Staff Perspective: Parents of Service Members - Finding Ways to Connect with Others Who Walk in Similar Shoes

Staff Perspective: Parents of Service Members - Finding Ways to Connect with Others Who Walk in Similar Shoes

Although many service members have parents who are a key part of their support system, i.e., mothers and fathers who are very supportive of and strongly impacted by their son’s or daughter’s military service and life, resources and tools focused on their unique needs and concerns are challenging to find. Why are parents of service members often left out of the picture? One reason is that in most circumstances, these military-connected individuals do not qualify as military dependents as defined by the Department of Defense.

When you do an internet search to find resources or tools for parents of service members, see what pops up. Usually the results are confusing because website links and information related to military families and military parents, i.e., service members with children, show up. After more digging, you will eventually find some resources aimed at this particular population of parents—more than you would have discovered a decade ago—but they remain limited and hard to identify.

Recently, I found the website, Today’s Military, which has a helpful section for parents of service members that is worth spotlighting. If you go to and then click on Support for Parents, you will find useful suggestions and a video for connecting parents of adult military children with one another. Most of Today’s Military website appears to be a recruitment tool to help parents understand and support their adult child’s decision to enter the military and choose the right branch by educating them about the benefits of military service. But the section on Support for Parents provides links to groups and organizations that can help parents meet others who are on the same journey they are. While specific resources are not provided for emotional struggles or concerns related to having a military son or daughter, the recommendations and video in this section are a good starting point for those mothers and fathers who are seeking more general guidance and support as their adult child pursues a career in the military.

Below are tips taken directly from the Support for Parents section of Today’s Military website that you can pass along to parents of service members in your practice.

Supporting yourself is equally as important as supporting your child. Fortunately, there are millions of other military parents whom you can connect with for advice and support.

Connecting With Other Parents
To begin, we recommend finding fellow military parents at the local level:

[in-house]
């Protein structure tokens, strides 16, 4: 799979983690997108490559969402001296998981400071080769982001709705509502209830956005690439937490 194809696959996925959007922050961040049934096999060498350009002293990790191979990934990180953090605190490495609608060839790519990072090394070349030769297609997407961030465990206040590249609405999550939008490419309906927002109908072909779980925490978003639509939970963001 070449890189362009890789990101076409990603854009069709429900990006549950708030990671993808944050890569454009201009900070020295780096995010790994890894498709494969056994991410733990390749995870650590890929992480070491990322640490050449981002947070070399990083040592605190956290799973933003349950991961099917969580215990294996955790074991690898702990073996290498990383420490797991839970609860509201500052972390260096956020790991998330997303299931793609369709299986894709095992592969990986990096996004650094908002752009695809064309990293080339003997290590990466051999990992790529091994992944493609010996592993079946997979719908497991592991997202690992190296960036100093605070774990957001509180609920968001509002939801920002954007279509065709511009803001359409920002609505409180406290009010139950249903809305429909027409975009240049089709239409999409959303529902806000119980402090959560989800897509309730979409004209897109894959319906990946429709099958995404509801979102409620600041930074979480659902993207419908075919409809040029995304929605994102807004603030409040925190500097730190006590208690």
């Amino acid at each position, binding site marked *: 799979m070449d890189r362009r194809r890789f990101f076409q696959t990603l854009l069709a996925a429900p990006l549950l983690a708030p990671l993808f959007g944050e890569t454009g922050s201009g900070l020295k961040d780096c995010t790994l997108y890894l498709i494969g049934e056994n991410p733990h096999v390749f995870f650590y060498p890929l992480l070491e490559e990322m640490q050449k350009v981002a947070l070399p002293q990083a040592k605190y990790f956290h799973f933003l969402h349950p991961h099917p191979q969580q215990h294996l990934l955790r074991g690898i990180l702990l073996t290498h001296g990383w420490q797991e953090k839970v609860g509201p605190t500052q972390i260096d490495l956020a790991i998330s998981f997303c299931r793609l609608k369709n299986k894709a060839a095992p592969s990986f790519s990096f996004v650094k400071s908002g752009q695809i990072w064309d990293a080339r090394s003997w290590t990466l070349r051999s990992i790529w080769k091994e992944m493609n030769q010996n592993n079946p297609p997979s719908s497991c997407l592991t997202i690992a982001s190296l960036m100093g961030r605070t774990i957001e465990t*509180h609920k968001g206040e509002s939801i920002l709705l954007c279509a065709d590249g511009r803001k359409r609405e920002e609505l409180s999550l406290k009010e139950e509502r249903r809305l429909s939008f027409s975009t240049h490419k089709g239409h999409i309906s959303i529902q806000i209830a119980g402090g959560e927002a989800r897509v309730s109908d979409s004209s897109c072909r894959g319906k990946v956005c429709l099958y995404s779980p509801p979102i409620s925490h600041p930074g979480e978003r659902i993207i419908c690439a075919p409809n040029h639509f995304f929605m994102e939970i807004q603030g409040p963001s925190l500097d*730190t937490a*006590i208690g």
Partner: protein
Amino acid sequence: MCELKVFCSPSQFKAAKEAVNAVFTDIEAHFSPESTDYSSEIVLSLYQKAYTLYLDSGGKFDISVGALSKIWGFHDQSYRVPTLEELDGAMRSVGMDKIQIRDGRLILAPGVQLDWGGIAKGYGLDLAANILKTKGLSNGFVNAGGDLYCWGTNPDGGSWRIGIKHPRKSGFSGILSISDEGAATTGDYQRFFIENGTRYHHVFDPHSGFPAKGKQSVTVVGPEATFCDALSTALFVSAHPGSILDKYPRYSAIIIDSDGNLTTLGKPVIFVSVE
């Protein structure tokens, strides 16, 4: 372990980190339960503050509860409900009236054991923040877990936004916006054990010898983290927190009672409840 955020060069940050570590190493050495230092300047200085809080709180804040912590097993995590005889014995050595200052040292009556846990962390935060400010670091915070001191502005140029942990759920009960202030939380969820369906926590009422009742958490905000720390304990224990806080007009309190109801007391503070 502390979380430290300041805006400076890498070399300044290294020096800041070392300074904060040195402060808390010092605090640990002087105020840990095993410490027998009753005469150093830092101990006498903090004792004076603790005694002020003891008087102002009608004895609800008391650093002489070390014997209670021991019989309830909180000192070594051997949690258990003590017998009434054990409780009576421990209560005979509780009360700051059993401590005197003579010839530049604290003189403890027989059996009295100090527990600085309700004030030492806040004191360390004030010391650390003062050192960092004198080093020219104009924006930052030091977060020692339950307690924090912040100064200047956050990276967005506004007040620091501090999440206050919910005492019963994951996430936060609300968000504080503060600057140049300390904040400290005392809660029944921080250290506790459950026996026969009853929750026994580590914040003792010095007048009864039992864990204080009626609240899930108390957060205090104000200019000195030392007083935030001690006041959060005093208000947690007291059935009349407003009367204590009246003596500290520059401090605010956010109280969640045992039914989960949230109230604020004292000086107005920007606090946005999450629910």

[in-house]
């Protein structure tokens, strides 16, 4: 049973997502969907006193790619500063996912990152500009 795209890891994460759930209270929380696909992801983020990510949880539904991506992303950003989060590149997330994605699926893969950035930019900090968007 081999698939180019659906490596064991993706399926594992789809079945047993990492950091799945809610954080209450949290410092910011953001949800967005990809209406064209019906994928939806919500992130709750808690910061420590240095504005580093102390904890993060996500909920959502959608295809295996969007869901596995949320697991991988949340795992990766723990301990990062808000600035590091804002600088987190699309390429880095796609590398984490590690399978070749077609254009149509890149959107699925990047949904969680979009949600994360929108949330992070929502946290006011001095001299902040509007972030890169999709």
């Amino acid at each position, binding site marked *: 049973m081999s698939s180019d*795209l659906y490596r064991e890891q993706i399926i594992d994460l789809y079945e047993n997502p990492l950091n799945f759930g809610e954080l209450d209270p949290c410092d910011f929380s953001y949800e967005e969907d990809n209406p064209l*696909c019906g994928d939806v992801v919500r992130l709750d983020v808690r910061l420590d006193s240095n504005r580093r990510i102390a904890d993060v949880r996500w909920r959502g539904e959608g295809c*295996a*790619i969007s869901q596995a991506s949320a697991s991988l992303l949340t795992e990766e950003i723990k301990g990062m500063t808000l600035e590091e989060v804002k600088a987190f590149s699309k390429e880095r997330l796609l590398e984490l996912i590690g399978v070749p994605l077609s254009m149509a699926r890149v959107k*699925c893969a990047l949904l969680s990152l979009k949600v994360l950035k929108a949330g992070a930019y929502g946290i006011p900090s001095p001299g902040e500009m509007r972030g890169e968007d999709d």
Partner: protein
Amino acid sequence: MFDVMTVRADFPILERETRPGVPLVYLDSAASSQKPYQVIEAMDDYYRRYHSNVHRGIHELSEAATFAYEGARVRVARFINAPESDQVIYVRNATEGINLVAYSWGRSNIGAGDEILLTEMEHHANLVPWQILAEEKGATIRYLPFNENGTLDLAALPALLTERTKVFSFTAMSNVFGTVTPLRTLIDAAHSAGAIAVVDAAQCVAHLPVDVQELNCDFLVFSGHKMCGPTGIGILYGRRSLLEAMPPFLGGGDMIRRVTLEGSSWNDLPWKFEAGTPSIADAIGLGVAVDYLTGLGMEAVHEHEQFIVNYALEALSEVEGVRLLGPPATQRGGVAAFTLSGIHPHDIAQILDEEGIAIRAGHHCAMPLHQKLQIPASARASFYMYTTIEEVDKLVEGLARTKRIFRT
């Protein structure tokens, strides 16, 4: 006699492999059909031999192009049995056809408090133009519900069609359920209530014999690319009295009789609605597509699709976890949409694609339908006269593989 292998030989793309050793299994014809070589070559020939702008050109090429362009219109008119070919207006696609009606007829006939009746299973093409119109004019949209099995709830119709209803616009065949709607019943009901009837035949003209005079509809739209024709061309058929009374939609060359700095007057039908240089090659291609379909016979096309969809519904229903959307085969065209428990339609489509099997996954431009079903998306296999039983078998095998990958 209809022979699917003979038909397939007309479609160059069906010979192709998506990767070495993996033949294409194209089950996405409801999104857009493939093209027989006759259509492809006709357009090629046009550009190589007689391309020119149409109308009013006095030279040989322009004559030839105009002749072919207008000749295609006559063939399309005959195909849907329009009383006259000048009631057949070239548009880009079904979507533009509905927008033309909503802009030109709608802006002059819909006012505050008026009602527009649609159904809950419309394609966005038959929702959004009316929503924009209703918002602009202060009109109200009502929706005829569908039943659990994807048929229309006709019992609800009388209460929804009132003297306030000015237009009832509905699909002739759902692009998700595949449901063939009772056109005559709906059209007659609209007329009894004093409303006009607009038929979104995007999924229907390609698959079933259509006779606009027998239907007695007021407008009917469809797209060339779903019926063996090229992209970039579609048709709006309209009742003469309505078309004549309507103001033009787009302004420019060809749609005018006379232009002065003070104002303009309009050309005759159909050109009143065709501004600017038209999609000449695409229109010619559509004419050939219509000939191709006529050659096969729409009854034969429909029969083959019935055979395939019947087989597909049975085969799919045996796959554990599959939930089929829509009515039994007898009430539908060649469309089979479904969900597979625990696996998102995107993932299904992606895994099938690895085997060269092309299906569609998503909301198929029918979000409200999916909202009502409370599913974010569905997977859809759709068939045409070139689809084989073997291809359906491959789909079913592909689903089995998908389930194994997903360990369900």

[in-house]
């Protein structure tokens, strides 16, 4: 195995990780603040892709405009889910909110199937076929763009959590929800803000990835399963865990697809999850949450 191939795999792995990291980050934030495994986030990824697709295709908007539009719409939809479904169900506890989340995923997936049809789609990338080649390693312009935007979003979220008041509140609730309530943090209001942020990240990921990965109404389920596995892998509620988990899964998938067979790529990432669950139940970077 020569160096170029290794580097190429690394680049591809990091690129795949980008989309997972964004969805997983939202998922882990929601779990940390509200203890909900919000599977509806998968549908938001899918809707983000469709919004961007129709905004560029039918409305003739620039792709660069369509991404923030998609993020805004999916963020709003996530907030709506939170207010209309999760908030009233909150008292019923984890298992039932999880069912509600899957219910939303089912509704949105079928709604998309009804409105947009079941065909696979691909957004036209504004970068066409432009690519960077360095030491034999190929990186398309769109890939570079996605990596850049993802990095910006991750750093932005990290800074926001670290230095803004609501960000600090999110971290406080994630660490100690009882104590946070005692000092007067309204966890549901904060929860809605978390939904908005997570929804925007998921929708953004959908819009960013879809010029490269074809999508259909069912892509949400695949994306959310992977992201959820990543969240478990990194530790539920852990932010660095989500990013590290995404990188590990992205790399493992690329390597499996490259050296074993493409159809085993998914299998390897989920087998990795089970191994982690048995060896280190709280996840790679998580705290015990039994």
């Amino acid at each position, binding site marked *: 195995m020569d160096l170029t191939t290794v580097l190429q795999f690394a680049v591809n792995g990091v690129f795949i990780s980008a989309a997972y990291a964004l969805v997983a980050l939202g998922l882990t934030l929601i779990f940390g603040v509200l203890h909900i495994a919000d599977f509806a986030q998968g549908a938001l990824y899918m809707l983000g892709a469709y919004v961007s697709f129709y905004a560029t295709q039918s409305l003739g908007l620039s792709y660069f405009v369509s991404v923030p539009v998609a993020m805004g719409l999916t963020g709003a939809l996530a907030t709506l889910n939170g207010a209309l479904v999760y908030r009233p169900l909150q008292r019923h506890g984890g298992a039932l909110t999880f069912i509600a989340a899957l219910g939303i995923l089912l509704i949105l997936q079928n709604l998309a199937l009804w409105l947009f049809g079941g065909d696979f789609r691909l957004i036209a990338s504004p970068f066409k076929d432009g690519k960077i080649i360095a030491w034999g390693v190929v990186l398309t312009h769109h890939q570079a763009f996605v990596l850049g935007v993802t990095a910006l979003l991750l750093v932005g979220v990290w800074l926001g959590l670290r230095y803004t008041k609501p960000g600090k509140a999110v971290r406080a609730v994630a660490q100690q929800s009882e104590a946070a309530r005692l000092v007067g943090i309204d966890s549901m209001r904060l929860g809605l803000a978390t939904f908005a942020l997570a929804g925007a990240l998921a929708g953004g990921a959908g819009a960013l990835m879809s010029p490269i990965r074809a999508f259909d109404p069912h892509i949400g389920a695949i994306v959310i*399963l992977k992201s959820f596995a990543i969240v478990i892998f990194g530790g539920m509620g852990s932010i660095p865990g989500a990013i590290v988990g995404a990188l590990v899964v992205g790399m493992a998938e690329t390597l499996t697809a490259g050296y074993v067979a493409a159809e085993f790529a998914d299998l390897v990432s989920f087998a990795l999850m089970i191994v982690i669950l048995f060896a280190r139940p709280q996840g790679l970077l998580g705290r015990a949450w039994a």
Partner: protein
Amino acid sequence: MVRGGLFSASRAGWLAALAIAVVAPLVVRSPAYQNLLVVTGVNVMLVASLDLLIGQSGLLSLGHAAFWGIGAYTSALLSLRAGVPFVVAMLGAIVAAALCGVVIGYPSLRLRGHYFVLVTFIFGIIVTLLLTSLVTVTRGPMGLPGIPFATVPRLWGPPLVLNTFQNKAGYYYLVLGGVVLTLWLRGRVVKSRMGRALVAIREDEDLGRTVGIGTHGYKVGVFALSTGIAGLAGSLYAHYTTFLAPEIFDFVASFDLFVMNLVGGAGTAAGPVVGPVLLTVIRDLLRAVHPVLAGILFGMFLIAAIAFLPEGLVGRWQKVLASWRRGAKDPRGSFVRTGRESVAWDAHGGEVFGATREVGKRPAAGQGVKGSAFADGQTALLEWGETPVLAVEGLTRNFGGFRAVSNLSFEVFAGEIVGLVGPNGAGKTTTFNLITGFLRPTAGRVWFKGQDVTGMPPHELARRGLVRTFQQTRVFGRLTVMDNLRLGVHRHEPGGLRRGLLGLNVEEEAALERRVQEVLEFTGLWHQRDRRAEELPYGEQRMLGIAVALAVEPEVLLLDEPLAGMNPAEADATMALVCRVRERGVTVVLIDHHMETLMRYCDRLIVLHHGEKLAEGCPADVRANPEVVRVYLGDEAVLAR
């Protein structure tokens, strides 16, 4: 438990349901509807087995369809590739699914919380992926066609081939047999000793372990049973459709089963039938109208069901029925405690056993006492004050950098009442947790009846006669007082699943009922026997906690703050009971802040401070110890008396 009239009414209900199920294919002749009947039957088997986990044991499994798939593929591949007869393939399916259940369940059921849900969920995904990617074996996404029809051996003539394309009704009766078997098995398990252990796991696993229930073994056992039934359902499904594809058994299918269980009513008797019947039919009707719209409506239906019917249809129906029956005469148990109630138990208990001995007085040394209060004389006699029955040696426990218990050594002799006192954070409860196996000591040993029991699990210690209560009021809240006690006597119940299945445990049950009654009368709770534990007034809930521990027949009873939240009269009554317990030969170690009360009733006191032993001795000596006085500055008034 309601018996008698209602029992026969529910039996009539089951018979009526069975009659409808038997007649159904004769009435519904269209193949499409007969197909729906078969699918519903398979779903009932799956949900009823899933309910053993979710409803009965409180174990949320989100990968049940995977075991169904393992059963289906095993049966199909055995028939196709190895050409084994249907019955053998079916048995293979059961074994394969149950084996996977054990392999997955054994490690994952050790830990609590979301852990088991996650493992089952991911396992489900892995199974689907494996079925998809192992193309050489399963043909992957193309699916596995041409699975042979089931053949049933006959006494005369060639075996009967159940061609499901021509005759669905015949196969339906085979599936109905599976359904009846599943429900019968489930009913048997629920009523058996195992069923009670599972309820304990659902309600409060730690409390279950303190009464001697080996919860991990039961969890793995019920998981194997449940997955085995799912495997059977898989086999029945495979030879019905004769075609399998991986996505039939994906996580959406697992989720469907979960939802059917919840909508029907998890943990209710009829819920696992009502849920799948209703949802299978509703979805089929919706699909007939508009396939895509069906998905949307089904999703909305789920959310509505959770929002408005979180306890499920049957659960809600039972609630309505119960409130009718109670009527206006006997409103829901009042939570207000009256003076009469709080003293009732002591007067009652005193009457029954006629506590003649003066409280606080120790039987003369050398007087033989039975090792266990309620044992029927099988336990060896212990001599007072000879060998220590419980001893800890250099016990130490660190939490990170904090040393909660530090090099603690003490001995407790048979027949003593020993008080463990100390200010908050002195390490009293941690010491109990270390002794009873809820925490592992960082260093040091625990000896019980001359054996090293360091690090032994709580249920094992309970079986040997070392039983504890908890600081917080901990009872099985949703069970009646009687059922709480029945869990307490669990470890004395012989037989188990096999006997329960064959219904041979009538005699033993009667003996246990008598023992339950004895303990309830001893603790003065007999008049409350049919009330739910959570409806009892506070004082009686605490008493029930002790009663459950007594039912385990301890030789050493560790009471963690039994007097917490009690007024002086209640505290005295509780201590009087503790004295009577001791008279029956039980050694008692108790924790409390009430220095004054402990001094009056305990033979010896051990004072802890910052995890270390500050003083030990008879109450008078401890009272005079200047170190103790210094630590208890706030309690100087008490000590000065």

• Ask around the neighborhood or at work and see who else has a child in the Military
  • If applicable, visit your place of worship and ask about support groups made up of local military families

Social media is also a great way to connect with other parents:

  • Facebook offers military parents pages where they can exchange stories and advice
  • Many military units also put together pages to keep parents and family members informed.

At the national level, established, well-known support groups also exist for military parents of various Service branches.

  • Army Mom Strong - A national military support group for mothers of Army service members.
  • - A national community for parents of Marines.
  • Navy For Moms - The official site of Navy For Moms, a national community for mothers of Navy service members.
  • AFWingMoms - Official site of AFWingMoms, a national group that provides support for those with loved ones in Air Force Basic Military Training.
  • Blue Star Mothers of America - Official site of the Blue Star Mothers, a nonpolitical, nonprofit organization that brings together mothers of service members to show their support.

The video shared in the Support for Parents section of Today's Military (also provided below) is especially helpful. It has testimonials from a variety of parents with military sons and daughters who describe how they benefited by connecting with other parents who have walked in their shoes. In the video, different parents talk about joining groups like Blue Star Moms, Family Readiness Groups, and Facebook Groups, etc., and how important it is to develop a strong support network.

The opinions in CDP Staff Perspective blogs are solely those of the author and do not necessarily reflect the opinion of the Uniformed Services University of the Health Science or the Department of Defense.

Paula Domenici, Ph.D., is a Director of Training and Education for the Center for Deployment Psychology at the Uniformed Services University of the Health Sciences in Bethesda, Maryland. She oversees the development of courses and training programs for providers on evidence-based treatments for service members and veterans.